The Burlington Canal Lift Bridge is the icon of the Industrial Revolution that took place in Canada in the 19th century. I have therefore chosen it to represent the theme Industrial for this week’s A Word A Week Photo Challenge in response to Skinnywench (aka Sue).
Built in 1826 with the opening of the Burlington Canal, which links the waters of Hamilton Harbour (also known as Burlington Bay) to Lake Erie and Lake Ontario to the Atlantic Ocean, the lift bridge is a tower-driven, moveable and vertically lifted bridge. It raises on demand to big vessels year round and hourly or half-hourly to smaller boats or pleasure vessels in the summer.
According to government statistics, the bridge is 116 metres long, weighs 1996 tonnes and lifts 33.5 metres high as in the photo above. Seen from the picture, the height is similar to the Skyway Bridge (36 metres high) behind it. The Lift Bridge provides two-lane traffic for vehicles and a side-walk for pedestrians and cyclist. Personally, I walk across the Lift Bridge regularly in the summer, because it is on my training route along the Burlington Waterfront Trail and Hamilton Beach Trail. The Lift Bridge is also part of the route of the Around the Bay Road Race, which has been taking place at the end of March since 1894, three years earlier than the Boston’s inaugural race. On race day, the Lift Bridge is closed entirely to traffic. I love bridges and I have taken part in the race of the reason that I want to walk on the steel surface of the bridge thinking that I have history under my feet.
The photos below were taken on a cloudier day. The vessel is typical of those that requires the lift bridge to raise. When this happens, a horn will sound, and the traffic has to stop. Pedestrians and cyclists also wait behind the gate. The entire operation takes about four to five minutes.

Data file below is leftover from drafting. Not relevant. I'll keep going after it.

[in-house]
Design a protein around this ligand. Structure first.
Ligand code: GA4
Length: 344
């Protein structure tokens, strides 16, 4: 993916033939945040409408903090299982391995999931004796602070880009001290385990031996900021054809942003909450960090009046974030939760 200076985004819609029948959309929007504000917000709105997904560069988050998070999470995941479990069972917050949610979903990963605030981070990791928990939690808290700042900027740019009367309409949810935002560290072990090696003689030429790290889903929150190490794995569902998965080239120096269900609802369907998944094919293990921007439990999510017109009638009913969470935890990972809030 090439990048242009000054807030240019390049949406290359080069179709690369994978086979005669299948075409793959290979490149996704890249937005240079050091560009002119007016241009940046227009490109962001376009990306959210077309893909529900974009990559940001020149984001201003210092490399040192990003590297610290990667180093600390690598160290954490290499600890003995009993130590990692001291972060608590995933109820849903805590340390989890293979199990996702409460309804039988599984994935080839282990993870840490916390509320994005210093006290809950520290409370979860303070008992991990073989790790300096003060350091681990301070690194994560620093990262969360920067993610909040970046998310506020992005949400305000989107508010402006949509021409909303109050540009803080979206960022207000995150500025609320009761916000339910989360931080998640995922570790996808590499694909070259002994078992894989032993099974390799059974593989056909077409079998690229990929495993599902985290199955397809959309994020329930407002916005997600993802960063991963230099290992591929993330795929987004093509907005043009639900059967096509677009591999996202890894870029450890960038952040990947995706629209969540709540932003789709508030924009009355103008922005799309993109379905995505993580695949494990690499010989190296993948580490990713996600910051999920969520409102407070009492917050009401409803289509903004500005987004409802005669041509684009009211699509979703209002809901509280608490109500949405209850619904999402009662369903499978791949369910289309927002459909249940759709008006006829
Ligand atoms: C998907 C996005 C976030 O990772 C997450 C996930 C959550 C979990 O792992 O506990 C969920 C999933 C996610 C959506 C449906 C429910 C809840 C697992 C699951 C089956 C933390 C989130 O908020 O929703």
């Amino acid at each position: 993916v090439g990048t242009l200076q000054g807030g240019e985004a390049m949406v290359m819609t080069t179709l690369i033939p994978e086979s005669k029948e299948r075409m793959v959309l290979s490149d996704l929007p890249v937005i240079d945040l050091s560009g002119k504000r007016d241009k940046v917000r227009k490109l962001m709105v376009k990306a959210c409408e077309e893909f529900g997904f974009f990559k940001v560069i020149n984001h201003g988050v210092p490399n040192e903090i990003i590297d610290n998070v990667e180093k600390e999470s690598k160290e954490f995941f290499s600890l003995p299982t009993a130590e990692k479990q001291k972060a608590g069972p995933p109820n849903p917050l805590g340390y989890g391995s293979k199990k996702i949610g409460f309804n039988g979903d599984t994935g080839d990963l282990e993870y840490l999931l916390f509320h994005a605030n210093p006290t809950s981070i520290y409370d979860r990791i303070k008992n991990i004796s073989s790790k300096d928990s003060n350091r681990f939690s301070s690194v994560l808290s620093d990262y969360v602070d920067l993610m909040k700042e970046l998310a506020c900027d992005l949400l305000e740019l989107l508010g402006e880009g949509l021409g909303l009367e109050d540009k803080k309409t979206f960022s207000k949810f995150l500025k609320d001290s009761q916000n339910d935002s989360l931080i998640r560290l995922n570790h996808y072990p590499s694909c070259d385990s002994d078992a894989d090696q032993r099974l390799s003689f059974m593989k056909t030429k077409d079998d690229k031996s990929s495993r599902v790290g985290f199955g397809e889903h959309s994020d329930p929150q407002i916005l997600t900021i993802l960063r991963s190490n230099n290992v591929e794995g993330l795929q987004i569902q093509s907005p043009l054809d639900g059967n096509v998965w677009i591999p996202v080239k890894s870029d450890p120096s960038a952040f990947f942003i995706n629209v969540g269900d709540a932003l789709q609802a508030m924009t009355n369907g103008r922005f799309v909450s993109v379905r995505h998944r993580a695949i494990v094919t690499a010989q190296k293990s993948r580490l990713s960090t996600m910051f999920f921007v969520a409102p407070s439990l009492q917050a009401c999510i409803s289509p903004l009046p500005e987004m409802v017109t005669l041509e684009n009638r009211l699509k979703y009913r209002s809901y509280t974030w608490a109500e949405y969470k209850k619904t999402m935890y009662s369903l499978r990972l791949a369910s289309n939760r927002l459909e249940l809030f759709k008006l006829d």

One may question the efficiency and the utility of this lift bridge now that there is the Skyway Bridge providing through road traffic across the Burlington Canal. I think the Lift Bridge remains more for its historical significance than for its functionality. The City of Hamilton has thrived as an industrial city (Canada’s Steel Town) during the Industrial Revolution and the waterway is an important link between North American and Europe in international trade and commerce. One can imagine how differently the steam ocean vessels would look crossing the Atlantic Ocean and coming to dock in Hamilton 180 years ago. An average journey in those days took six to twelve days. Raw material aside, they also brought immigrants who helped shaped the landscape of Canada. The Lift Bridge has witnessed the growth and decline of the steel industry in this part of the world. It deservedly stands for “Industrial”.
Related Article: <http://www.tpsgc-pwgsc.gc.ca/ontario/burlington-eng.html>